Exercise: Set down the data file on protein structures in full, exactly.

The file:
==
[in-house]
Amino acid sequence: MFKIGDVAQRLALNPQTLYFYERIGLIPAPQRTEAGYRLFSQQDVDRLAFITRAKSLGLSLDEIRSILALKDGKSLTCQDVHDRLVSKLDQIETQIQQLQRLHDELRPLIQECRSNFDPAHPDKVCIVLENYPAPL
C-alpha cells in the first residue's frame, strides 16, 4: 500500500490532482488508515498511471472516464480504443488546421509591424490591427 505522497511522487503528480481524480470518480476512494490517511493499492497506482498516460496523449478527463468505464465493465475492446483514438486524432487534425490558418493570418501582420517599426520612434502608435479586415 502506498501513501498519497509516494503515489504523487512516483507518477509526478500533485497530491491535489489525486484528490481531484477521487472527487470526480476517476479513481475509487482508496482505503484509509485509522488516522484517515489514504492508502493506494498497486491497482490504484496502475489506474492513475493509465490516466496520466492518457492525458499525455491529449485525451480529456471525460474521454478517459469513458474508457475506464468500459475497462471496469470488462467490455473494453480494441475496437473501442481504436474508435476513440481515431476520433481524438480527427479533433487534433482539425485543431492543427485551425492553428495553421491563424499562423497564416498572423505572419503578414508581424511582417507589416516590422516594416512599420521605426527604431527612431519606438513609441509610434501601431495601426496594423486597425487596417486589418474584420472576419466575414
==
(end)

[in-house]
Amino acid sequence: MFKIGDVAQRLALNPQTLYFYERIGLIPAPQRTEAGYRLFSQQDVDRLAFITRAKSLGLSLDEIRSILALKDGKSLTCQDVHDRLVSKLDQIETQIQQLQRLHDELRPLIQECRSNFDPAHPDKVCIVLENYPAPL
C-alpha cells in the first residue's frame, strides 16, 4: 500500500490532482488508515498511471472516464480504443488546421509591424490591427 505522497511522487503528480481524480470518480476512494490517511493499492497506482498516460496523449478527463468505464465493465475492446483514438486524432487534425490558418493570418501582420517599426520612434502608435479586415 502506498501513501498519497509516494503515489504523487512516483507518477509526478500533485497530491491535489489525486484528490481531484477521487472527487470526480476517476479513481475509487482508496482505503484509509485509522488516522484517515489514504492508502493506494498497486491497482490504484496502475489506474492513475493509465490516466496520466492518457492525458499525455491529449485525451480529456471525460474521454478517459469513458474508457475506464468500459475497462471496469470488462467490455473494453480494441475496437473501442481504436474508435476513440481515431476520433481524438480527427479533433487534433482539425485543431492543427485551425492553428495553421491563424499562423497564416498572423505572419503578414508581424511582417507589416516590422516594416512599420521605426527604431527612431519606438513609441509610434501601431495601426496594423486597425487596417486589418474584420472576419466575414